2020 LAND ROVER DEFENDER TEST DRIVE BY CAR CRITIC STEVE HAMMES. Spurred by low gas prices, choking traffic and an insatiable appetite for SUVs, the off-road vehicle movement has never been riper. I’m talking about real capability that can get you away from all the craziness; from trucks to sport utilities there have never been so many competent choices. Enter the new Defender – a modern interpretation of the iconic original. The days of needing body-on-frame construction and solid axles to prove your off-road mettle are passé. This Defender is modern, smart and everyday luxurious while being respectful to its past. It’s purpose-built for off-roading but that’s not its only personality trait. Made from an all-new aluminum unibody Land Rover says is the stiffest platform they’ve ever created underpinned by a fully independent air suspension that bests a Wrangler Rubicon in ground clearance and hangs with it in other critical off-road geometry. It pairs a full-time 4-wheel drive system with a sophisticated Terrain Response System replete with automatic center and rear lockers making off-roading an absolute breeze. The electronics are amazing and configurable beyond the numerous pre-programmed surface types; I just wish the Terrain Response controls weren’t shared with the climate buttons and knobs over here at a decent reach from the driver. You can view the selections on the center screen or right here depending upon how you’ve configured the display. With these optional new Goodyear Wrangler Adventure tires, this Defender makes mud, ruts and rocks seem like a mere inconvenience.
When the Defender’s 67 year production run ended in 2016, it had already been nearly 2 decades since one could be found in a U.S. Land Rover dealership. The 1997 Defender 90 with its 4.0-liter V8, 4-speed auto and 13mpg was a British-born Jeep rival. But since, Land Rover’s SUV lineup has trended more towards afternoon tea and less to morning fox hunts. The Defender’s much anticipated return is finally here to recapture some of the original’s raw ruggedness with modern day accoutrements.
MSRP as-tested: $73,043
2020 CADILLAC CT5 V TEST DRIVE BY CAR CRITIC STEVE HAMMES. Cadillac’s car lineup has been reduced to 2 all-new models, the compact-sized CT4 and this; the midsize CT5, both available in mid-performance models Cadillac refers to as V-Series.
With a twin-turbo V6, MagneRide suspension, Brembo front brakes, an electronic limited slip differential, V Drive Mode, Launch Control and Performance Traction Management, this V-Series injects enough raciness into the CT5 to satisfy all but the most demanding drivers. And for them, the Blackwing variant arrives next summer.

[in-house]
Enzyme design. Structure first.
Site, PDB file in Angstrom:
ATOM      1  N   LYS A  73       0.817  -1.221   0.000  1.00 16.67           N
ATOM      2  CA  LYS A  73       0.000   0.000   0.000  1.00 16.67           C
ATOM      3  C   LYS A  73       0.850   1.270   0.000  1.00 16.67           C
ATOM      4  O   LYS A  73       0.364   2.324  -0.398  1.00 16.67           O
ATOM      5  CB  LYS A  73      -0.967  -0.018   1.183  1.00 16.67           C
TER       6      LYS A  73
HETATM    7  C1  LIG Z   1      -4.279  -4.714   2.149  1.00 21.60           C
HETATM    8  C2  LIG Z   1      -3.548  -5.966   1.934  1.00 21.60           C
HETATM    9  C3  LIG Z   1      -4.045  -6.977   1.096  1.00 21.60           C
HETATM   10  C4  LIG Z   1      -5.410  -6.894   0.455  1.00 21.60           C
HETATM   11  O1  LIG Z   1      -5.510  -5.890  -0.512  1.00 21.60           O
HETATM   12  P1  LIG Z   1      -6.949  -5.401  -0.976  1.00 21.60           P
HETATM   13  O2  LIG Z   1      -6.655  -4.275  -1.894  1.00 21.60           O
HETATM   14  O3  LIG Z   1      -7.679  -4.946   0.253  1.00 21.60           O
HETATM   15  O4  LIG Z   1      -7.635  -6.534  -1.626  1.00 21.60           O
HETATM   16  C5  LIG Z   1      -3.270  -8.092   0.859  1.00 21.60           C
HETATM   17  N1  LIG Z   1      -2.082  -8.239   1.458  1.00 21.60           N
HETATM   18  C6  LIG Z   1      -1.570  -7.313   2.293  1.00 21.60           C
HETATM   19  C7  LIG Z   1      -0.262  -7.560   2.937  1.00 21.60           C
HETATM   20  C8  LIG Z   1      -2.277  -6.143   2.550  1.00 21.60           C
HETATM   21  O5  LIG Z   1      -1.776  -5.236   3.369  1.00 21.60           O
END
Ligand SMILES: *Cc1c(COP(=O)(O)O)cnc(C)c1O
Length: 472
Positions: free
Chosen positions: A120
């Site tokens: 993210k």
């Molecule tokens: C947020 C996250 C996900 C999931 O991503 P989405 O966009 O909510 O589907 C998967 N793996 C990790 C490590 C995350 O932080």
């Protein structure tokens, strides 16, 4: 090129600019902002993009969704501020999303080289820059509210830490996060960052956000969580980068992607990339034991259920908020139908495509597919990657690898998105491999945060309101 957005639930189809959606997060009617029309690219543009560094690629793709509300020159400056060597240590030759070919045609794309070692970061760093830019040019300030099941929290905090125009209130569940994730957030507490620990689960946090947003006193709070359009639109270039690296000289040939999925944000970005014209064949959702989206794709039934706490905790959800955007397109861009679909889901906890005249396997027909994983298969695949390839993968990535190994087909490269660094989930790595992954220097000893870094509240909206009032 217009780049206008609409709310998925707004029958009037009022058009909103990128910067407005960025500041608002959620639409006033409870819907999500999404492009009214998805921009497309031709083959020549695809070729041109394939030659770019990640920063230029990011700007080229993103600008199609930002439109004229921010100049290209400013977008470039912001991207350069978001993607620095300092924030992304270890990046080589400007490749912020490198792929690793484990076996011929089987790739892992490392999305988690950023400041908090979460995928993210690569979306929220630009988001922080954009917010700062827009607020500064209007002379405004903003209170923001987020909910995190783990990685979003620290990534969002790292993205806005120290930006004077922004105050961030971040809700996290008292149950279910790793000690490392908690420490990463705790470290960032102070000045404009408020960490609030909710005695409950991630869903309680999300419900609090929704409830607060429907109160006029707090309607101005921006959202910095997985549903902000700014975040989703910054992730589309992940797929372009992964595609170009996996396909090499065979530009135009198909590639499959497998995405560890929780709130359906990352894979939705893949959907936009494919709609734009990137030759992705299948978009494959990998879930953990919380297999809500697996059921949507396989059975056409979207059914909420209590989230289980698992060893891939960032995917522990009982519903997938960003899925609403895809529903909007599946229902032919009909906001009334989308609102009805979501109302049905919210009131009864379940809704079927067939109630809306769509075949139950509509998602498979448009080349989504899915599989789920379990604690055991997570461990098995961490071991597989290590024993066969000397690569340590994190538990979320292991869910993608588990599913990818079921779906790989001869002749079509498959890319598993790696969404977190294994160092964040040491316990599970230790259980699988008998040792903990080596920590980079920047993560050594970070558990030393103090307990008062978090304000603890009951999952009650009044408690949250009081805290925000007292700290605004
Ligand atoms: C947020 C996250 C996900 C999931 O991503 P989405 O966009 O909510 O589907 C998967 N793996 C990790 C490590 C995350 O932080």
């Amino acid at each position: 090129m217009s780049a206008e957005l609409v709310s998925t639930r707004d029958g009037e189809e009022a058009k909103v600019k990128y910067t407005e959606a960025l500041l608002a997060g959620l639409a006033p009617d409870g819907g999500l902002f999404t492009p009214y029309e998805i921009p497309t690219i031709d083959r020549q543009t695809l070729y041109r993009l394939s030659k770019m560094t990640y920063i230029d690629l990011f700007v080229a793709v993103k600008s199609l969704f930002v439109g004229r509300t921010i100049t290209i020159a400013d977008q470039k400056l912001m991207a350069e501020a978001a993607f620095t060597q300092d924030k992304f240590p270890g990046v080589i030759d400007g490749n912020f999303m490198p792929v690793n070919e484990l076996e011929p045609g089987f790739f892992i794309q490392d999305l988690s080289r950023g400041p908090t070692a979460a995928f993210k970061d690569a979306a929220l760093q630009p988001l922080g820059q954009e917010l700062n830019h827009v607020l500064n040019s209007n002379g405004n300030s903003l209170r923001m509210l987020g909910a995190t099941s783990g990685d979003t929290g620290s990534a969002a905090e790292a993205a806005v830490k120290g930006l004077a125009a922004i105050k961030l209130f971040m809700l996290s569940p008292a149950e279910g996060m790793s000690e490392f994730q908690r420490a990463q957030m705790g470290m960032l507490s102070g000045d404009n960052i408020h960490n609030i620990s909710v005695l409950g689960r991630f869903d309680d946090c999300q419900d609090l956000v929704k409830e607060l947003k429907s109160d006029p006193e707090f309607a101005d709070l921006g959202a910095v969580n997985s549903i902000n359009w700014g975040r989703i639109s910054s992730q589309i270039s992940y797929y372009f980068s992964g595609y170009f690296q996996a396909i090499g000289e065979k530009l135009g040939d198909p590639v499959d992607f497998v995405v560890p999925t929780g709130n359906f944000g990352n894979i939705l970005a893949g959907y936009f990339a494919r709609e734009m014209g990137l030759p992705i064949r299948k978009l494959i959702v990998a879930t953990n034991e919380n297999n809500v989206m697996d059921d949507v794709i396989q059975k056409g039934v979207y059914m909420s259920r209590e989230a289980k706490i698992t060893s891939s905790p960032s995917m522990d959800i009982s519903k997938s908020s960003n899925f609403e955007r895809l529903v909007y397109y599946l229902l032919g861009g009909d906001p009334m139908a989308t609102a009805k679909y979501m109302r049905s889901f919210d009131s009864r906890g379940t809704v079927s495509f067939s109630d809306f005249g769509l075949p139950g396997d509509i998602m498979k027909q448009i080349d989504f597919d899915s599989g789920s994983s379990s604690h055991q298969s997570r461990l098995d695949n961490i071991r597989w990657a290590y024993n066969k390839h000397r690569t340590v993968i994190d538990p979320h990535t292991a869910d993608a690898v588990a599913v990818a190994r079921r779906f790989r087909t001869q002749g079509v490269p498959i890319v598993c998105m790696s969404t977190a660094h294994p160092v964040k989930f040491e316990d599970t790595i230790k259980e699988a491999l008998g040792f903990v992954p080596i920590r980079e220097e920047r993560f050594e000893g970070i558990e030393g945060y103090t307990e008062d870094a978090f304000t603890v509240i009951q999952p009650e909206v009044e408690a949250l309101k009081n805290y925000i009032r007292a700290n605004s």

2020 CHEVROLET CORVETTE STINGRAY CONVERTIBLE TEST DRIVE BY CAR CRITIC STEVE HAMMES.
I haven’t had a car attract this much attention in forever. Car people, non-car people, doesn’t matter. Everyone knows this is something special. It looks like a race car and depending on the angle it could be a Corvette, a Ferrari, a Lambo or an NSX. But this baby bleeds red, white and Elkhart Lake Blue. And this isn’t just the all-new C8 Corvette, this is the Convertible with a power retractable hardtop so seamlessly integrated you wouldn’t know this isn’t the Coupe. Well, that is unless you go looking for the window to the engine…about the only sacrifice you’ll have to make for top-down driving.
2020 Alfa Romeo Giulia Quadrifoglio Test Drive By Car Critic Steve Hammes.
Petite, powerful & pretty. The most lusted after car in its class.
So this Giulia is pretty much what you imagine a racy, Italian sedan to be: bold, boisterous and perhaps, a little high maintenance. New for 2020 there’s an improved touchscreen infotainment system with Apple CarPlay, Android Auto and enhanced performance pages, a host of connectivity features including WiFi and a mobile app that allows you to control certain car functions, the addition of modern driver assistance features such as the semi-autonomous highway assist and traffic jam assist which do some of the driving for you in select situations, a center console with larger cupholders and increased storage, a wireless charge pad and an updated carbon fiber steering wheel design. It’s not a major update by any stretch but it does address the Giulia’s most pronounced shortcomings making it a more complete luxury sports car. You’re not getting the immersive, light, sound, smell and graphics show the Germans are flaunting these days but you are getting enough high-end convenience, comfort and safety features to make this much more of an attractive buy. Plus, this car drives like it was born to dominate. Close your eyes and listen to it go by and you might think it’s race day at the track.
2020 MERCEDES AMG CLA45 TEST DRIVE BY CAR CRITIC STEVE HAMMES. One of the most affordable AMG models has just been redesigned and it’s a live wire with tons of boost and a youthful spirit. This is the CLA 45
Here’s what you need to know. The CLA is all about big turbo punch and road feel. This is one of, if not the, stiffest rides you can buy regardless of drive mode. It’s going to shove you into your seat and take off like a rocket but in a very controlled way. But you’ve got to love the turbo life and not be offended by a nearly brittle ride and lots of tire noise. If you’re ok with that the CLA is going to deliver on fun. Whatever you do though don’t pass on these Recaro seats; they are perfect.